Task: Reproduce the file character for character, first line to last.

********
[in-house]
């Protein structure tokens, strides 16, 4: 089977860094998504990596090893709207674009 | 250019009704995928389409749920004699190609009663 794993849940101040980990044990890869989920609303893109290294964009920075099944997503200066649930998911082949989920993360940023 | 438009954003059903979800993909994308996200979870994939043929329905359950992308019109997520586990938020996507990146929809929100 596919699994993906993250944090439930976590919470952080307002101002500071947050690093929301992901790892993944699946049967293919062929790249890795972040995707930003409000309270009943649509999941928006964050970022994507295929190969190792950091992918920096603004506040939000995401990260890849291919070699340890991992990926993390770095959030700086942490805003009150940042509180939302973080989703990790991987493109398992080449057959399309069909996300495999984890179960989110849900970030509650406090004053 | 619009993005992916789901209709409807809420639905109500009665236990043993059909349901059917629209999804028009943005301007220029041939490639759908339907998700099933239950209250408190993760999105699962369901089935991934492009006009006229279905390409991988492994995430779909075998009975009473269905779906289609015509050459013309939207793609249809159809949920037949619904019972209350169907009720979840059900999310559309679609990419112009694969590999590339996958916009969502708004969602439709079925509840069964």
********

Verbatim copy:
[in-house]
């Protein structure tokens, strides 16, 4: 089977860094998504990596090893709207674009 | 250019009704995928389409749920004699190609009663 794993849940101040980990044990890869989920609303893109290294964009920075099944997503200066649930998911082949989920993360940023 | 438009954003059903979800993909994308996200979870994939043929329905359950992308019109997520586990938020996507990146929809929100 596919699994993906993250944090439930976590919470952080307002101002500071947050690093929301992901790892993944699946049967293919062929790249890795972040995707930003409000309270009943649509999941928006964050970022994507295929190969190792950091992918920096603004506040939000995401990260890849291919070699340890991992990926993390770095959030700086942490805003009150940042509180939302973080989703990790991987493109398992080449057959399309069909996300495999984890179960989110849900970030509650406090004053 | 619009993005992916789901209709409807809420639905109500009665236990043993059909349901059917629209999804028009943005301007220029041939490639759908339907998700099933239950209250408190993760999105699962369901089935991934492009006009006229279905390409991988492994995430779909075998009975009473269905779906289609015509050459013309939207793609249809159809949920037949619904019972209350169907009720979840059900999310559309679609990419112009694969590999590339996958916009969502708004969602439709079925509840069964």